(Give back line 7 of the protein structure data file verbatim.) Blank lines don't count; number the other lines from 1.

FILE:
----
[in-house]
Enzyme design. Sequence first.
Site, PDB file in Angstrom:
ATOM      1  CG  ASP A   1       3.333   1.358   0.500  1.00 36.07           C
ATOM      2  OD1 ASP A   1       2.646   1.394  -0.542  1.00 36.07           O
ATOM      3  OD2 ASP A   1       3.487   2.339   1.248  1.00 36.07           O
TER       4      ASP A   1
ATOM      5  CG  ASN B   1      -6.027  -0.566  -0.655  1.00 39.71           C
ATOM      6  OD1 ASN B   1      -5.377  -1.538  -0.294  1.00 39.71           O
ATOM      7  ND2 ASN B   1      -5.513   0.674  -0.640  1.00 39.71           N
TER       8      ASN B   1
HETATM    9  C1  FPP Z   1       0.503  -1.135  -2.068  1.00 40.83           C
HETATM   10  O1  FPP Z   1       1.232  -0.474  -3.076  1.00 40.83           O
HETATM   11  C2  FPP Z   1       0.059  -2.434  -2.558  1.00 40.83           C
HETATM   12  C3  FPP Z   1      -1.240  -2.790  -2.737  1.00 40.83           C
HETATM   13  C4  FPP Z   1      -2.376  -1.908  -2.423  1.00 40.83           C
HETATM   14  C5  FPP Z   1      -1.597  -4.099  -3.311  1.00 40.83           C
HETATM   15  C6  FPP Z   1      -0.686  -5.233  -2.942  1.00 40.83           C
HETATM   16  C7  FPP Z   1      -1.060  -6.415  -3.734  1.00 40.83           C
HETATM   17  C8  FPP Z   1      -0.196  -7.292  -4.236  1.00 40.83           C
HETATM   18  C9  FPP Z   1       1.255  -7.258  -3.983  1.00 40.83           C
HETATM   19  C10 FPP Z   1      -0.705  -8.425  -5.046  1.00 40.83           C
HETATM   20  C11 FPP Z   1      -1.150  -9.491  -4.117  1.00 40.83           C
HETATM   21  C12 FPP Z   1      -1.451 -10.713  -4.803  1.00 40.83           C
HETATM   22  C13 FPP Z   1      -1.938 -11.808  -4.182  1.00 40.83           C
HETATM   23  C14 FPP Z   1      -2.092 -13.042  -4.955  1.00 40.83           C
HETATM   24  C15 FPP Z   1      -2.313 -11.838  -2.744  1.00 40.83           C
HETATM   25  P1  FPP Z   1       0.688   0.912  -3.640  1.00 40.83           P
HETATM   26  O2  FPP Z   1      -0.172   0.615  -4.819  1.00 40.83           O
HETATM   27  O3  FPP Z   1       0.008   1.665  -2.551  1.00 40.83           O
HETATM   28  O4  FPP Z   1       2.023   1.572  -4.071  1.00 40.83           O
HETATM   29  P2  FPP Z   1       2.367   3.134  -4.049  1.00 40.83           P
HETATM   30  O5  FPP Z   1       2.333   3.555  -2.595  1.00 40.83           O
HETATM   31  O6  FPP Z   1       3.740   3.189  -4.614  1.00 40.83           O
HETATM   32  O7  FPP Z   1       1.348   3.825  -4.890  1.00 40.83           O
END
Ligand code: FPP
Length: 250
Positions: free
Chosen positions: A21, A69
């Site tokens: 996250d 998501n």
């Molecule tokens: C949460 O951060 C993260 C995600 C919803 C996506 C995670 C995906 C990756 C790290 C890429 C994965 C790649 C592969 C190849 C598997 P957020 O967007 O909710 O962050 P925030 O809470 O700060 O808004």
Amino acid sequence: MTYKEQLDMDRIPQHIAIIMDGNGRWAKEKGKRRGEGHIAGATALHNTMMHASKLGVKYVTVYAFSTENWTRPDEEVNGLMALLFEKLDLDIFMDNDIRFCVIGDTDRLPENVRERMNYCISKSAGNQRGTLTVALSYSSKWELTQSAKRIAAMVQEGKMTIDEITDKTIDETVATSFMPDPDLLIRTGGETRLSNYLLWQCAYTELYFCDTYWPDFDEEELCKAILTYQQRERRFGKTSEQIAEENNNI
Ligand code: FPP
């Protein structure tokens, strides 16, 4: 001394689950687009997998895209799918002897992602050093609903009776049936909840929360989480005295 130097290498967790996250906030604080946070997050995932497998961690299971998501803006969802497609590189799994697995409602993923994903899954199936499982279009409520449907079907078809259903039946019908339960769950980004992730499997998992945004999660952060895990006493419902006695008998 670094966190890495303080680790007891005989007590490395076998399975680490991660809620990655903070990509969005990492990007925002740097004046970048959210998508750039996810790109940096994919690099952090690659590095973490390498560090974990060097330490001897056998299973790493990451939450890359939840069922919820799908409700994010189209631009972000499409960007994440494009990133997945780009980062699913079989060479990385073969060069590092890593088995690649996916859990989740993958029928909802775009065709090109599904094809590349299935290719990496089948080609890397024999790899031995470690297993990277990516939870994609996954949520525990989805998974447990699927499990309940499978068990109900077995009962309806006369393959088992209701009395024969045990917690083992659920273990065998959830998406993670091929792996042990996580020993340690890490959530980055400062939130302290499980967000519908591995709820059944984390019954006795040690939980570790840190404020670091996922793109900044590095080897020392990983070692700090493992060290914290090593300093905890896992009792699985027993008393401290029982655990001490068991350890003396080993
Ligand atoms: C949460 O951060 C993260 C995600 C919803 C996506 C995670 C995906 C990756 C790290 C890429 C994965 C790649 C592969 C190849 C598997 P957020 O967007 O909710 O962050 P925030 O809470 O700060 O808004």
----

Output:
TER       4      ASP A   1